Jackie Robinson, Please Come Home

Jackie Robinson, Please Come Home

by
Abby Zimet

Arizona's new immigration law has prompted more anger and action,
this time from baseball fans. Dozens of civil rights, immigrant rights,
labor and sports groups have called on Baseball Commissioner Bud Selig,
who has remained silent on the issue, to denounce the law, move the 2011
All-Star Game from Phoenix and pressure teams to relocate Arizona
training games
or face further boycotts. The letter, to be presented at a press
conference today, notes that over a quarter of Major League players are
Hispanic, and almost 40% are people of color. Move The Game petition here.

The letter:

Dear
Commissioner Selig,

As you know, the Governor of Arizona recently signed a controversial
new law that forces police to ask for the papers of any person who looks
"reasonably suspicious" in the course of enforcing any law or city
ordinance. The new law, SB 1070, has come under nationwide criticism for
the threat it poses to the civil rights of Hispanics living in or
visiting the state.

We are writing you today to ask that you denounce the new state law,
cancel the 2011 Major League Baseball's All-Star Game in Phoenix, and to
pressure teams to relocate all Arizona winter and spring training games
while this state law is in effect.

Under Arizona's new law, any fan of Hispanic descent visiting Phoenix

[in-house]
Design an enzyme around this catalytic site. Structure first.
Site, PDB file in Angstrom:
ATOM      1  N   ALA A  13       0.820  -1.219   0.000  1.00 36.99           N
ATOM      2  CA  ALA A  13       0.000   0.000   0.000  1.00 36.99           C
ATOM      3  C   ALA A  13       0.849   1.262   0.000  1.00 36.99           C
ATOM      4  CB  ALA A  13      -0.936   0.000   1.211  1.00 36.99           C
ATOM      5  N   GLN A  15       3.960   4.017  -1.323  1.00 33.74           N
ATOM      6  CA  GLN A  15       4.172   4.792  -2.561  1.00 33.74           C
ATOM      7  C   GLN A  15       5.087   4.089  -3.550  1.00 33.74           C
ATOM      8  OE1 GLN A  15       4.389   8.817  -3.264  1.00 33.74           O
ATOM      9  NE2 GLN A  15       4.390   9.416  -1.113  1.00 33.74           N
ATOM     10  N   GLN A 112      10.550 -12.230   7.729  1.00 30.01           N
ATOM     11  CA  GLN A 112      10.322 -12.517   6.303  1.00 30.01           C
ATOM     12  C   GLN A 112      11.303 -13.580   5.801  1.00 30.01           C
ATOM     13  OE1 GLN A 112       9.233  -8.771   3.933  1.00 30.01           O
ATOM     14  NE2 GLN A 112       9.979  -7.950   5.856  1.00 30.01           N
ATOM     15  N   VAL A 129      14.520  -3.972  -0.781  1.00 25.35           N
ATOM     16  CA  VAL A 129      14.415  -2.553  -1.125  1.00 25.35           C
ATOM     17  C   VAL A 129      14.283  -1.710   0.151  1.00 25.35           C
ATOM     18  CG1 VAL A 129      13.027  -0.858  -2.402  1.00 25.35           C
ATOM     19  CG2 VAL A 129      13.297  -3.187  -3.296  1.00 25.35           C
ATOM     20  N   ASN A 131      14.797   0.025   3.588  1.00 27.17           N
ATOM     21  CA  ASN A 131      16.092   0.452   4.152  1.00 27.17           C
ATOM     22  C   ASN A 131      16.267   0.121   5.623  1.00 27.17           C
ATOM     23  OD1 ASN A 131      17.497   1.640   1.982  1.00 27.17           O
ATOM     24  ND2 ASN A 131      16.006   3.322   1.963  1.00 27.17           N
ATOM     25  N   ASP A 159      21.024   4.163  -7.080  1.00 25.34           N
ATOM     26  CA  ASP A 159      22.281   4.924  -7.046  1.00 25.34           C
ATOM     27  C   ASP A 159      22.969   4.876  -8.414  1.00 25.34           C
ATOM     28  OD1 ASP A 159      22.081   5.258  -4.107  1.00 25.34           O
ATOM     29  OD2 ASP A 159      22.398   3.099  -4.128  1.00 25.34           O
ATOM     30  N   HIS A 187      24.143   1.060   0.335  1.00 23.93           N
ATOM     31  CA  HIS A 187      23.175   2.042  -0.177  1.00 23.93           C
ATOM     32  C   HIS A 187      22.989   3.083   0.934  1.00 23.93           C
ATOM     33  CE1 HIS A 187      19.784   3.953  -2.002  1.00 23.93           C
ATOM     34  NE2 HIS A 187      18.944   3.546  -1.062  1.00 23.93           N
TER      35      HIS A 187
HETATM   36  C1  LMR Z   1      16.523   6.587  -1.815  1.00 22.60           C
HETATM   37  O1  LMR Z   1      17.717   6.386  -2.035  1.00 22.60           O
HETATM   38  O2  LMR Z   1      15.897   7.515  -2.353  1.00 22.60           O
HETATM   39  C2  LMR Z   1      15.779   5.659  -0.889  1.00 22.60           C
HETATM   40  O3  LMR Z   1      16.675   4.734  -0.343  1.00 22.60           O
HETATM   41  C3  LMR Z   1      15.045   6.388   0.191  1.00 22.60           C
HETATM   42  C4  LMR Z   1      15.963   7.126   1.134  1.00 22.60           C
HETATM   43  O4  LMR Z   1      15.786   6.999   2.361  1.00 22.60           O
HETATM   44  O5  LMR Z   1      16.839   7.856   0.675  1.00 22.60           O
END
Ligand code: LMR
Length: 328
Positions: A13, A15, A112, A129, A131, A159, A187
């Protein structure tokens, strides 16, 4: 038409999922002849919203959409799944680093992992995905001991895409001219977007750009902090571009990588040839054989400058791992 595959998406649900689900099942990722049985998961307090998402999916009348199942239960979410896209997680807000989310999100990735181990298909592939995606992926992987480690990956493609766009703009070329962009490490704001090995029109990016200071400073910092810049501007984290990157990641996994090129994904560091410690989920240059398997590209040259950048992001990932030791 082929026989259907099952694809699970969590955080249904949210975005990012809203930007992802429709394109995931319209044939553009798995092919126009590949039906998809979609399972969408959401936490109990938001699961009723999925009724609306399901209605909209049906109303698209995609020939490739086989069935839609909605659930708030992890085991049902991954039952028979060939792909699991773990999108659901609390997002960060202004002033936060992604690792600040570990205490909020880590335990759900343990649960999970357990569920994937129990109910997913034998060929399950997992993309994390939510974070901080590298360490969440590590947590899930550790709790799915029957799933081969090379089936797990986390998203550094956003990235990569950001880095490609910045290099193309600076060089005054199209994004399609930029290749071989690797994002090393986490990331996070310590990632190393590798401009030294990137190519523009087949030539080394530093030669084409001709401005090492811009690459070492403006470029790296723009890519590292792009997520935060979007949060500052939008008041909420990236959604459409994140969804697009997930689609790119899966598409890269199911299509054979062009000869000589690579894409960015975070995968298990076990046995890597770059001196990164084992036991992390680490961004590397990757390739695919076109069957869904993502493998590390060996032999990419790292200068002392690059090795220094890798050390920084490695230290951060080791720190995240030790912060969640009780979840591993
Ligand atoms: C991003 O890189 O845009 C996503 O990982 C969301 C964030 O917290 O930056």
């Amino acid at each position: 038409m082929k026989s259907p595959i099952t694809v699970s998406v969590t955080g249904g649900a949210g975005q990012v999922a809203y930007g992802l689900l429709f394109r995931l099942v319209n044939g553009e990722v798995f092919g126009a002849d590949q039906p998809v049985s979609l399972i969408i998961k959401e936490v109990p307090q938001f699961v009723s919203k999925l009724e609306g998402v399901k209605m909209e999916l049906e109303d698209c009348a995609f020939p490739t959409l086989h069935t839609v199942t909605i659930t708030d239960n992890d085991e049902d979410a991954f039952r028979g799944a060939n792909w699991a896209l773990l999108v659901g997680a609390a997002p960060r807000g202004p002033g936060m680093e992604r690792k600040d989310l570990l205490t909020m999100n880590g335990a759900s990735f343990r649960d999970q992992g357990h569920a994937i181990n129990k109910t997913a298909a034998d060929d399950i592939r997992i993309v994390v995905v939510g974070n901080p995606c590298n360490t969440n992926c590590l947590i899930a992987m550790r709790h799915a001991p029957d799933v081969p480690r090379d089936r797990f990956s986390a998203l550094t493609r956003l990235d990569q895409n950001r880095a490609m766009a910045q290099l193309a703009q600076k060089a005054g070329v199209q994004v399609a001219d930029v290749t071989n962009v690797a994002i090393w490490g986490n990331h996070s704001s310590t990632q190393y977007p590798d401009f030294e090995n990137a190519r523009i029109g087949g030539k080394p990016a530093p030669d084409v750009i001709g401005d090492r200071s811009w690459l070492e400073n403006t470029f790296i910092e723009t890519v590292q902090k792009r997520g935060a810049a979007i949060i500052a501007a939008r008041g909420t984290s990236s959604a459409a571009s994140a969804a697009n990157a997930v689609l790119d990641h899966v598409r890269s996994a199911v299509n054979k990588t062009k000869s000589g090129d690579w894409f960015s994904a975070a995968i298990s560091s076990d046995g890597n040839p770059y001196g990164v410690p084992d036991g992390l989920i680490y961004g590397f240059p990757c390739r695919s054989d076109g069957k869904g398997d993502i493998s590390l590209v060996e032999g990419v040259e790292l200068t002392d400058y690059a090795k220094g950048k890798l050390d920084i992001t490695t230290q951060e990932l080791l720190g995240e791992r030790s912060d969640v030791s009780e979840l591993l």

for the All-Star Game or a training game will be subject to unequal
treatment, fines, and possibly jail time if they cannot prove their
legal status on the spot.  As 15-year Tucson police officer Martin
Escobar said when he filed a lawsuit to stop the new Arizona law, there
are no "race-neutral criteria or basis to suspect or identify who is
lawfully in the United States."

Already, the Major League Baseball Players Association has publicly
denounced this unjust law, the government of Mexico has even issued
travel warnings for those visiting the state, heads of state and foreign
ministers from 12 South American nations have warned of potential
violence towards minorities and America's leading civil rights
organizations have condemned it.

Major League Baseball has a strong history of supporting minorities
and civil rights in America, which began when Jackie Robinson became the
first African-American baseball player in 1947. As you are well aware,
over a quarter of all Major League Baseball players are Latino, and
almost 40% of your players are people of color. These players - and
baseball's millions of Hispanic and immigrant fans - deserve leaders in
this moment of crisis with a loud and clear message that this law is not
acceptable to the League.

We strongly urge you to relocate the 2011 All-Star Game from Phoenix
and to pressure teams to pull all winter and spring training games from
Arizona while this un-American law is in effect. We hope that Major
League Baseball will once again prove to be an example of strength and
courage to those who work so hard to be a part of this country we all
love. We look forward to your response.

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